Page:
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Willem Dafoe on His Adventure Making 'Togo'

19 Dec, 2019   








Original Network

Everyone has heard the story of the famous canine Balto, whose statue resides in New York City’s Central Park, or perhaps even seen the many adaptations of the story. But Disney+ is offering us Togo — the real story behind the dog that saved the day during the 1925 serum run to Nome. Also known as the Great Race of Mercy, the run over 600 miles of frozen Alaskan tundra transported medicine to sick people in the town of Nome.
Supported by amazing visuals of the Alaskan landscape and action-packed, nail-biting CGI, Willem Dafoe shines as a legendary breeder, Leonhard Seppala, who’s also responsible for breeding Siberian Huskies as sled dogs. Dafoe brings a certain gravitas to the character and Tom Flynn’s spectacle of a screenplay. It’s almost hard to imagine this film without Dafoe as the lead.
Director Ericson Core does a terrific job hitting all the right notes in this historical underdog drama, and Disney+ is the perfect home for this heroic tale. The stunning cinematography also adds to the story. Core uses a rich mixture of blue and sepia colors to portray the bleak weather conditions, and warmer, lighter tones during the interior cabin shots. It’s easy to see that great amount of detail went into the picturesque cinematography of the Alaskan landscape.
At a recent press day, ScreenPicks got to speak with the Academy Award-nominated Willem Dafoe about the experience shooting Togo, and here is what we learned:
On the genesis of the project, Dafoe recounts that he met with Core before he even read the script. The actor said that it was Core’s passion and knowledge of the outdoors that attracted him to the project initially.
“He’s a mountaineer and was also a wilderness first responder…so he knows nature,” Dafoe said of the cinematographer turned director. “He also has a real personal connection to animals, and had a wolf for 12 years.” Dafoe explained how these themes resonated with Core, how that translated on-screen, and how he worked with Flynn to help develop the script to give it authenticity.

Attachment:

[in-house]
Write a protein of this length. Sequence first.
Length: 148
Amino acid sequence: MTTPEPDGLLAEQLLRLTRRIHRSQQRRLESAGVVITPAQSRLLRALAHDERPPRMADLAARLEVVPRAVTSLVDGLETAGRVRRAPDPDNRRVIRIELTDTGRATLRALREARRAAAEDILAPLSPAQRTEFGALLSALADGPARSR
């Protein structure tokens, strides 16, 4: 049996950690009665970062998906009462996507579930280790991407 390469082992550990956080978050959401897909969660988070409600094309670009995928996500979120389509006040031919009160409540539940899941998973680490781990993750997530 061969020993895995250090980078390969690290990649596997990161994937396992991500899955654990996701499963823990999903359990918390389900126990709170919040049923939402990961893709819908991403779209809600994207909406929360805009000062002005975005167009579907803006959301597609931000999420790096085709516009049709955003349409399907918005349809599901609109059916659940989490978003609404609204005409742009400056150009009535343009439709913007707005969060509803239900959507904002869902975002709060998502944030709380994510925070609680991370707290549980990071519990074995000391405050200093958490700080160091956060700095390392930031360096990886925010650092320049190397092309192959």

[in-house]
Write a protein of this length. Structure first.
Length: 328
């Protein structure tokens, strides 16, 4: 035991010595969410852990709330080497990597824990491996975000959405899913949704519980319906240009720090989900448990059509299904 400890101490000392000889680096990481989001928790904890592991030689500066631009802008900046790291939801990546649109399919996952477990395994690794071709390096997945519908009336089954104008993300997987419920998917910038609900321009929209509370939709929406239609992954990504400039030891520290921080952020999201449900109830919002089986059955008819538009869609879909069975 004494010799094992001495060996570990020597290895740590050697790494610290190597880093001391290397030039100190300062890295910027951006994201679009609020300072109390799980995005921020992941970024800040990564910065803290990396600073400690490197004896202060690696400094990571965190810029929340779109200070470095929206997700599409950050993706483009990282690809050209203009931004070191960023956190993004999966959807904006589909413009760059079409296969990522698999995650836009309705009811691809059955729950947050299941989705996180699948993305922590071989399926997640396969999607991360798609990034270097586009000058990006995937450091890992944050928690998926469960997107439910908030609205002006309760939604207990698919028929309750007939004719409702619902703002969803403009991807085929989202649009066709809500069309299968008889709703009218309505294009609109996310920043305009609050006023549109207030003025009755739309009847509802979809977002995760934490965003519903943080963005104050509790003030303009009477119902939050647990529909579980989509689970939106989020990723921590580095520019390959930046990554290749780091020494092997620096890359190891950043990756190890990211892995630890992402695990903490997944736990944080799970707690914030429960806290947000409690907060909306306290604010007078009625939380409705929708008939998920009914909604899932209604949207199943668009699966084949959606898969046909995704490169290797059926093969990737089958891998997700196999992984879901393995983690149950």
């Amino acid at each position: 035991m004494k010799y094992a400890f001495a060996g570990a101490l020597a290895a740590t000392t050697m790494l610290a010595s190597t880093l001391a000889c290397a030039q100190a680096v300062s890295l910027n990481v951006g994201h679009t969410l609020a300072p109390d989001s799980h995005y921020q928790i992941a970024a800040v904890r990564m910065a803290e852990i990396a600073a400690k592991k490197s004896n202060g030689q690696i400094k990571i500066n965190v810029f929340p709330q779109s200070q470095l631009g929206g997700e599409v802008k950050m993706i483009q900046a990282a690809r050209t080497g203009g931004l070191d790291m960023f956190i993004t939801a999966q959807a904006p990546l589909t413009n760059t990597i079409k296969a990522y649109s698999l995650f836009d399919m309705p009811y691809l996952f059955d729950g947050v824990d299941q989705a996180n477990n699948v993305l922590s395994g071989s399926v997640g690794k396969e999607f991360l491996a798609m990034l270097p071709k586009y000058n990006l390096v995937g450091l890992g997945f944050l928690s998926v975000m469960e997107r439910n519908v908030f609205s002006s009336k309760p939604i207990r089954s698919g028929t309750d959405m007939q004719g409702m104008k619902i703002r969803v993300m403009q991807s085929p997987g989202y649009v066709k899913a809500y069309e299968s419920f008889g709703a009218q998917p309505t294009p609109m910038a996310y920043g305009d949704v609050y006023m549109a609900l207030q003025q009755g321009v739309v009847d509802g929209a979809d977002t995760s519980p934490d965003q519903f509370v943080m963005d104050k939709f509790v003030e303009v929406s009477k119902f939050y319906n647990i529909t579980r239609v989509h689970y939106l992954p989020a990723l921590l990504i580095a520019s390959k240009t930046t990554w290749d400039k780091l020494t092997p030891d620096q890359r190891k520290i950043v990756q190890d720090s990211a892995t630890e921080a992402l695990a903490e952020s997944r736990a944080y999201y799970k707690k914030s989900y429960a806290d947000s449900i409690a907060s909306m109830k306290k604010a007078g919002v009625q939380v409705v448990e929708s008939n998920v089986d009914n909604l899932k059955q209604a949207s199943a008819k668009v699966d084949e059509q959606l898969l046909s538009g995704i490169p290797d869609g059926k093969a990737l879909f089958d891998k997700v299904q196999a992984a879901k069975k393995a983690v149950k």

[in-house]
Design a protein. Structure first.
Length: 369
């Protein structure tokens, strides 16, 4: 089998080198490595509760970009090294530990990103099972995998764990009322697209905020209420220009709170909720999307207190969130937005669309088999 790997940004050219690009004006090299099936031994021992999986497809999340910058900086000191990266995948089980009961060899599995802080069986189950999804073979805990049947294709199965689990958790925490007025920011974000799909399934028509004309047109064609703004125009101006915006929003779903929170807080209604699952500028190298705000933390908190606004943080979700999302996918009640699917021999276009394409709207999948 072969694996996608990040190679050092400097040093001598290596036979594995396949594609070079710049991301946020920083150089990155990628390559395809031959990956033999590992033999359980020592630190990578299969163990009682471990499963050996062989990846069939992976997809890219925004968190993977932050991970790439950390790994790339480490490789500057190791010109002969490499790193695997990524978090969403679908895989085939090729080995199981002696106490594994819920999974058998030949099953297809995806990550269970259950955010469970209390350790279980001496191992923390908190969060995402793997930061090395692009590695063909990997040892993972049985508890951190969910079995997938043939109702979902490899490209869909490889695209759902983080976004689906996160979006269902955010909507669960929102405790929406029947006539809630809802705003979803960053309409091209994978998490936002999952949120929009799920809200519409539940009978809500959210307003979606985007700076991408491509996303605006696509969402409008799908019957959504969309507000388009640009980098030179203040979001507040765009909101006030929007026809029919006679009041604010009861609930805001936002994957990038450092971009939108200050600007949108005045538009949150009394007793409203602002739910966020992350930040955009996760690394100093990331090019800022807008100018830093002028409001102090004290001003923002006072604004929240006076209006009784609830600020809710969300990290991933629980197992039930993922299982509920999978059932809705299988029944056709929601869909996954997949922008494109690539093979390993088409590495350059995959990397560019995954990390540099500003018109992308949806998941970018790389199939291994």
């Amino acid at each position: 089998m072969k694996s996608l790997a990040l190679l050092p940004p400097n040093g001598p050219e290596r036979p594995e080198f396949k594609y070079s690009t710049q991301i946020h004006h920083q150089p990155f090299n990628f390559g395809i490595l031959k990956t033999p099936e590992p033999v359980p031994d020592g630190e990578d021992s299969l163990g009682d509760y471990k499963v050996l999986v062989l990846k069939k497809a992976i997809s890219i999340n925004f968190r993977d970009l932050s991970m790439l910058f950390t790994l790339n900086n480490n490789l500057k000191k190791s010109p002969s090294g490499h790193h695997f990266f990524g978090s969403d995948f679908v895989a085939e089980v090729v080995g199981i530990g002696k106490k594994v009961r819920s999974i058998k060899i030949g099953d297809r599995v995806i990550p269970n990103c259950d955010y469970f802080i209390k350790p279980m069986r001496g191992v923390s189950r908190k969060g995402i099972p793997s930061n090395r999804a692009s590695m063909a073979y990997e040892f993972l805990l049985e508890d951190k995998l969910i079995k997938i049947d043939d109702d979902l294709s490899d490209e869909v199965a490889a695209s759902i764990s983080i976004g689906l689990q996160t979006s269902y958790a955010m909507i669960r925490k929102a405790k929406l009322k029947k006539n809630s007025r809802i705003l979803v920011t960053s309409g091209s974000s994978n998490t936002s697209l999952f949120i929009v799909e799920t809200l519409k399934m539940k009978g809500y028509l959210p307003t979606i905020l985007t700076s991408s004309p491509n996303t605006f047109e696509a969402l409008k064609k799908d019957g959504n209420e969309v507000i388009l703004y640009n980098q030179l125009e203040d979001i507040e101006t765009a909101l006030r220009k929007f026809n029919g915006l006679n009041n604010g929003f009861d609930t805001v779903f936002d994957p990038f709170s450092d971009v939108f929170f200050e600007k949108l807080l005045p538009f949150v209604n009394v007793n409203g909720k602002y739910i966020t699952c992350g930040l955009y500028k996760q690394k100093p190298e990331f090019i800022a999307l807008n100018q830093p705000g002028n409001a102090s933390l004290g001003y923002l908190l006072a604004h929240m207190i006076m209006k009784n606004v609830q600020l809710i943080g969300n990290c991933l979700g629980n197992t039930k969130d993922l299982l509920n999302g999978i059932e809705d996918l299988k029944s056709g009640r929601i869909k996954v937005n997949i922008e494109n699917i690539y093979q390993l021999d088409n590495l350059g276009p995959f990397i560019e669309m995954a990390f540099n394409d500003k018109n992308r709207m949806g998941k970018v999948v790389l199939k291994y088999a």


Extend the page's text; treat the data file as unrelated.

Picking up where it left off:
After researching Leonhard Seppala, Dafoe found him to be extremely interesting, so portraying him on-screen was a fairly easy choice. He was asked if he learned anything interesting while researching the Seppala family, he said he was surprised to learn how much he truly did resemble the famous breeder. “He was very small, and I kind of look like him.”
Dafoe added, due to the physical nature of the mushing, and filming in the snow, he was concerned that he was perhaps “too old” to play the role. “But then I started looking at pictures of him, and how old he was when he did this stuff, and I thought, ‘This okay. This is good.'”
The actor also said Seppala had experienced several disappointments during his life. “He comes there to make his fortune, and it turns out he’s kind of a dud, at least initially. Then he finds himself becoming a good racer, and then comes into this situation where he can be something great.”
Dafoe also said it was a real pleasure working with the dog who played Togo, Diesel. What’s even more impressive is that Disney, being the champions of authenticity that they are, even used a huskie that was a descendant of Togo’s.
There’s one tense action sequence where Dafoe delivers the bone-chilling monologue Saint Crispin’s speech from Shakespeare’s Henry V as he’s crossing a cracked frozen lake driving a dog sled. Dafoe really makes it his own, and it’s one of the most powerful sense in the film. Any viewer can tell that he truly enjoys spouting intense dialogue, and when asked about it, Dafoe claimed that elevated language can elevate how people think.
“When language is elevated like that it can elevate how you think,” Dafoe explained of his enthusiasm and on-screen energy during the sequence. “Because normal language keeps us in normal behavior, and when we use elevated language, we start to think poetically…in images.”
Togo is the underdog story of the year, and he’s racing on Disney+ starting Dec. 20th, just in time for the cozy holiday season. But buckle up, it’s one wildly touching ride.

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